Water Conservation Practices for Vegetable Gardens

Ornamental plant varieties can be chosen based upon water use. Grass can be allowed to go dormant during dry seasons. However, choices for low water vegetable plants are limited. Thankfully, there are some water conservation practices that can increase water efficiency.

  • Adding organic matter in the form of compost, animal manure, grass clippings, and leaf mould are ways to improve the soil by increasing water holding capacity and improving soil structure.
  • Planting in blocks instead of rows creates a canopy of leaves that shades the ground and reduces evaporation.
  • Create wind breaks to reduce evaporation from leaves and soil.
  • Apply mulch to retain soil moisture and keep soil cool.
  • Check plant needs manually—vegetable plants should be watered according to need, not a schedule.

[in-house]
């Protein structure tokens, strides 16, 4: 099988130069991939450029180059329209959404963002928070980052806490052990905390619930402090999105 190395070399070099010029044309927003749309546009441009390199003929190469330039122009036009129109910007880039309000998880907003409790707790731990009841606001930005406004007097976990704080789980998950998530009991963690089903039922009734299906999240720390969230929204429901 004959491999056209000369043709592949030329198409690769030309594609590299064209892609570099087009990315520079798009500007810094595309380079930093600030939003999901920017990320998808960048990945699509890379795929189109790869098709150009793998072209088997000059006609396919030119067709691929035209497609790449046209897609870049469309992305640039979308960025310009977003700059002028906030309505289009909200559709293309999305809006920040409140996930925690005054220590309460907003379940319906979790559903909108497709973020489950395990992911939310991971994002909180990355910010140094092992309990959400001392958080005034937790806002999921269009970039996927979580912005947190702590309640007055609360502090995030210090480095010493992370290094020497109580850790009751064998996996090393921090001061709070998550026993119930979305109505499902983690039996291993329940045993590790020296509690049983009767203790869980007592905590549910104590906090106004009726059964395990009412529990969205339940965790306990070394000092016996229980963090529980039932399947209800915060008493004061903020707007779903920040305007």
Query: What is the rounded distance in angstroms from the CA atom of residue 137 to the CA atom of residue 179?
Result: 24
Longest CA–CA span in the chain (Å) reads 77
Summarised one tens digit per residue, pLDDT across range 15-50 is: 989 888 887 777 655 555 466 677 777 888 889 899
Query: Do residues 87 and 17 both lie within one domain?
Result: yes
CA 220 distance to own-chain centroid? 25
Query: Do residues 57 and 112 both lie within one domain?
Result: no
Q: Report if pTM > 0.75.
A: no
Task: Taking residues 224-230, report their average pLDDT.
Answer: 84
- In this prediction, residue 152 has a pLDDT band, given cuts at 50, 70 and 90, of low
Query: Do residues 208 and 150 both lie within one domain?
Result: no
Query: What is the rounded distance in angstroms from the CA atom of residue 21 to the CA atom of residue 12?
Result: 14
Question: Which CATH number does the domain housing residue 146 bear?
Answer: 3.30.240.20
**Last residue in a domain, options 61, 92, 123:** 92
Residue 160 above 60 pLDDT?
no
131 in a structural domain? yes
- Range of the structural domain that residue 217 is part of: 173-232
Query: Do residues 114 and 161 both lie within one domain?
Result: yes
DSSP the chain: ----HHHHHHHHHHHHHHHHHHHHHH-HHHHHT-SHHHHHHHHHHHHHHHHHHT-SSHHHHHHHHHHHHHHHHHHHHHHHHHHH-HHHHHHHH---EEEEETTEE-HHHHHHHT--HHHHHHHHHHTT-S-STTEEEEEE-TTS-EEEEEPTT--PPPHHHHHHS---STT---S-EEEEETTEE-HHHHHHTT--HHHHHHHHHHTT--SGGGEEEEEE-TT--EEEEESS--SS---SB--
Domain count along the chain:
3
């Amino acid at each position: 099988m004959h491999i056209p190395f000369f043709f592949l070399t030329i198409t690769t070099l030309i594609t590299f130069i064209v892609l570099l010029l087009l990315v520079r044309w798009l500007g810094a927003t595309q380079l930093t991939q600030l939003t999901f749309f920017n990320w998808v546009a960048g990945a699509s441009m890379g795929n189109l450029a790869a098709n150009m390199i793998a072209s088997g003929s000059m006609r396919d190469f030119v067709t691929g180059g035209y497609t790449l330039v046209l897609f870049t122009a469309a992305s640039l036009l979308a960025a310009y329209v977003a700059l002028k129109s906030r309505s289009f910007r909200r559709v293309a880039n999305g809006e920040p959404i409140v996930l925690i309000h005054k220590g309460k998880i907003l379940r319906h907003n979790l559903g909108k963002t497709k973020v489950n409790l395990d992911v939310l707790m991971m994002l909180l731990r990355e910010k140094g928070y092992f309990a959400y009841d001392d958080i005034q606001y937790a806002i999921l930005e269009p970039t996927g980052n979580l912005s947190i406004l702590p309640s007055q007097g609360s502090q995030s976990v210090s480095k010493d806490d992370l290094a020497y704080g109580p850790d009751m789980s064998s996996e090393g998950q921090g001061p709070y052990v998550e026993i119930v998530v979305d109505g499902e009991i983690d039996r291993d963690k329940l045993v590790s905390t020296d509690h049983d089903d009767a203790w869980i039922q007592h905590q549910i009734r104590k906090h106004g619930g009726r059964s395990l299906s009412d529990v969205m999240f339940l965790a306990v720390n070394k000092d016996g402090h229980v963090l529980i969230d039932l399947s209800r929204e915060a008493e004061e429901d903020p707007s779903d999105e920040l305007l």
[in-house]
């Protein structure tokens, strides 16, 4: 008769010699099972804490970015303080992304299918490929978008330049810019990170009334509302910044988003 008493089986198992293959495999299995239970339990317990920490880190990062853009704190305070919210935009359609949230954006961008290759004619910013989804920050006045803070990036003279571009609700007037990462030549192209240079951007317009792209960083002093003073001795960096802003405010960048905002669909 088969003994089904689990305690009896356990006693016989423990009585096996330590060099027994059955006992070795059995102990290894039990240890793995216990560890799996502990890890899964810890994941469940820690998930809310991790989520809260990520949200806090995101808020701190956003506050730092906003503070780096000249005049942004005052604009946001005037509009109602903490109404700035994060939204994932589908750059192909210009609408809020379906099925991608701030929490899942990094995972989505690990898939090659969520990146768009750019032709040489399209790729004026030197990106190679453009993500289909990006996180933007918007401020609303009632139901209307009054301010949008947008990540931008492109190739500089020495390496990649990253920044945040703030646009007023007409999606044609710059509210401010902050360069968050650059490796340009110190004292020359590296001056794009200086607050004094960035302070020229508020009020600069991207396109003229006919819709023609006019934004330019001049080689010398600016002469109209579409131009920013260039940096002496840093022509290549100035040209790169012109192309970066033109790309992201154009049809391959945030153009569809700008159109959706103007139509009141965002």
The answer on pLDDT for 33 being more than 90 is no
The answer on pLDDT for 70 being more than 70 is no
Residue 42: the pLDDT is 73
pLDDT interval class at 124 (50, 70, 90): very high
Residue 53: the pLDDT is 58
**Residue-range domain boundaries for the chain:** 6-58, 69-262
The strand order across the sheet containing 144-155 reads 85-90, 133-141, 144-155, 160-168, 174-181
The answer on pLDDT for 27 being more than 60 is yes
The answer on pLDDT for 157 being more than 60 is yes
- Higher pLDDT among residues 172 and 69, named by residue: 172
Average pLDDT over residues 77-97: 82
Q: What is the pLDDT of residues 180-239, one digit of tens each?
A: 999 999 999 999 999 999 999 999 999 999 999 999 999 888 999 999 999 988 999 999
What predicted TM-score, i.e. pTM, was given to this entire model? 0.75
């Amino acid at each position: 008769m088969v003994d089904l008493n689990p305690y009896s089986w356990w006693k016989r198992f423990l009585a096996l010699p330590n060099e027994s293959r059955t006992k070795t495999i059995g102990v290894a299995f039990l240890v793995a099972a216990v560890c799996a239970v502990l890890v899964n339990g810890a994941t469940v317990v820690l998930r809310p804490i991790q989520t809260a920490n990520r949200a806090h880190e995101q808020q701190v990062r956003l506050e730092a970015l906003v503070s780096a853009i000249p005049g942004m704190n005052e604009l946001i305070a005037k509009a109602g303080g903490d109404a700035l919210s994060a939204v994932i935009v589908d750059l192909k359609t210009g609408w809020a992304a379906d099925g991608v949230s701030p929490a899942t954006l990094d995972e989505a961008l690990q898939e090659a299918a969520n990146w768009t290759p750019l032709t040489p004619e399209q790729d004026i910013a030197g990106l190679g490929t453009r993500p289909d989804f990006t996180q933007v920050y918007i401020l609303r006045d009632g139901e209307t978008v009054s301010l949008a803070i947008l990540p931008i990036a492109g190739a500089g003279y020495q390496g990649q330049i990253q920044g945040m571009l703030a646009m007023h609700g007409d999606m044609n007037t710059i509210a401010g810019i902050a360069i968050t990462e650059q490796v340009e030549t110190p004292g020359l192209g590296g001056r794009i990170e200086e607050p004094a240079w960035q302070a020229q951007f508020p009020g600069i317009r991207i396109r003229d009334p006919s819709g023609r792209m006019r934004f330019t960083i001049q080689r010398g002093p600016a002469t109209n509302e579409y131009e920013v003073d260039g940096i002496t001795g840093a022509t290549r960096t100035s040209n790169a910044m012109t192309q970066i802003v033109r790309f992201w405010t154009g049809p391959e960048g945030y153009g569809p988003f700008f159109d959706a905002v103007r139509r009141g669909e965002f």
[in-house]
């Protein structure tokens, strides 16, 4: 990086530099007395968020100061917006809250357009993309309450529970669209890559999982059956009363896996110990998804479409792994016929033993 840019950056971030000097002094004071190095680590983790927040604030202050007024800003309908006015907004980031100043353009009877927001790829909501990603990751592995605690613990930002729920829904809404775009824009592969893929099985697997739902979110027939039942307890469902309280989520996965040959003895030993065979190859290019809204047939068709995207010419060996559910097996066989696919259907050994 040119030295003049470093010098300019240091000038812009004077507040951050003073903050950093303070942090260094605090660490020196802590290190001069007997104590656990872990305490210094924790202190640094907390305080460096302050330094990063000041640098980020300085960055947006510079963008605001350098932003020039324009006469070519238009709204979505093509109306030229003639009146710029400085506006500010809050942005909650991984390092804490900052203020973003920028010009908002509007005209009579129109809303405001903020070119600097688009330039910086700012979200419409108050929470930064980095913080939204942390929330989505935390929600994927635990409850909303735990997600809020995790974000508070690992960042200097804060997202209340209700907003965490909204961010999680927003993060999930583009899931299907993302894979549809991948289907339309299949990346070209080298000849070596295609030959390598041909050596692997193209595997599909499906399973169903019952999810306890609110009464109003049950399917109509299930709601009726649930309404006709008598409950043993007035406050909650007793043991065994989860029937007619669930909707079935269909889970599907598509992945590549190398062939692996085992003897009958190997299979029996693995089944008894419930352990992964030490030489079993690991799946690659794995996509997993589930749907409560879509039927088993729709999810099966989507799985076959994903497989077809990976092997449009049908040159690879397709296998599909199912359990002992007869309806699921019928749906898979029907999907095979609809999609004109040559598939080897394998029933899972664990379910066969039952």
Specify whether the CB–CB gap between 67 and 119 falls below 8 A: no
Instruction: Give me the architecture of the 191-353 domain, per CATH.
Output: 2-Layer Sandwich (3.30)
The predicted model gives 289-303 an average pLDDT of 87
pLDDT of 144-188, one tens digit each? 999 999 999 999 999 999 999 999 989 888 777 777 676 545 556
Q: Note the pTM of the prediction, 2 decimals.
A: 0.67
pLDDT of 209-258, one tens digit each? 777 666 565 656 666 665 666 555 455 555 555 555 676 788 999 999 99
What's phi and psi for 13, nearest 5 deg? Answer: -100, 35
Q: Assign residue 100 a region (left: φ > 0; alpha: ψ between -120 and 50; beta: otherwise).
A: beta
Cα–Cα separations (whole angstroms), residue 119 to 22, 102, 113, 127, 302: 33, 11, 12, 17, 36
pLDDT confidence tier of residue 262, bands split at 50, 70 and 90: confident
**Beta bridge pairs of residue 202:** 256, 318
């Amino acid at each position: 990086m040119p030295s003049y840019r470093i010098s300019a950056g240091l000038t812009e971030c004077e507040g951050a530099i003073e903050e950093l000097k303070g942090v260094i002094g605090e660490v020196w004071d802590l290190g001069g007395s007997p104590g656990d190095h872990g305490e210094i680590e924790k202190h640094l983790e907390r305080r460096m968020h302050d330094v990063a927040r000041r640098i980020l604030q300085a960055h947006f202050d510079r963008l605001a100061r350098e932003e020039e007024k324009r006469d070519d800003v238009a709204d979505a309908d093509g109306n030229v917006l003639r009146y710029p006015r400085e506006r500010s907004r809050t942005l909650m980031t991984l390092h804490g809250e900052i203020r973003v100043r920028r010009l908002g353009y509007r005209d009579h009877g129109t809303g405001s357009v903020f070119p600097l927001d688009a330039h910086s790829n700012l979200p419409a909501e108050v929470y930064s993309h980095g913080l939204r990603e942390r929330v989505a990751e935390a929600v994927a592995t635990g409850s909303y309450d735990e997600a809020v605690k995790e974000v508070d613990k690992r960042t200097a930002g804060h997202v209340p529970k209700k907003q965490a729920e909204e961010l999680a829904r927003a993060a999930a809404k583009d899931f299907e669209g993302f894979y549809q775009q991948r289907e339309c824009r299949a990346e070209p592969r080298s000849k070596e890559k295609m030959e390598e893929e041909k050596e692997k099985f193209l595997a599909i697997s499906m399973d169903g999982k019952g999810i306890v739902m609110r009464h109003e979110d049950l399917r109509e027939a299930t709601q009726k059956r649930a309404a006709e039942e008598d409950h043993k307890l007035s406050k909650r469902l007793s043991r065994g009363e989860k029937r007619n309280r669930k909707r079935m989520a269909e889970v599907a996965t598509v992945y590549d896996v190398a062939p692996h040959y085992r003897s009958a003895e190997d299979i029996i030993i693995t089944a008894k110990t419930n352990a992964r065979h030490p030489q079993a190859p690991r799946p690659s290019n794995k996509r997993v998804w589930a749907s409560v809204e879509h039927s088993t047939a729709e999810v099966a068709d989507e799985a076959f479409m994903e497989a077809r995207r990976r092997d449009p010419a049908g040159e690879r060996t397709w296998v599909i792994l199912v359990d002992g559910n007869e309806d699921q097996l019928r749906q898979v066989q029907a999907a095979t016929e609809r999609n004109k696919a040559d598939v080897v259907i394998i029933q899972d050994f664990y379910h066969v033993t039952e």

• Water during cooler parts of the day to reduce water loss.
  • Switching from a sprinkler irrigation system to a drip or soaker hose system can reduce water usage by up to 50%.
close up of micro greens irrigated with a soaker hose
Greens watered with a soaker hose. Photo credit: Cpt.Obvious Flickr CC BY-NC-ND 2.0
vegetables in a raised bed
Vegetable garden planted in one foot square blocks. Photo credit: Dave Calder Flickr CC BY-NC-SA 2.0


Additional Resources:


California – Water-Wise Food Gardening


Florida – Watering the Vegetable Garden


Texas – Vegetable Resources: Irrigation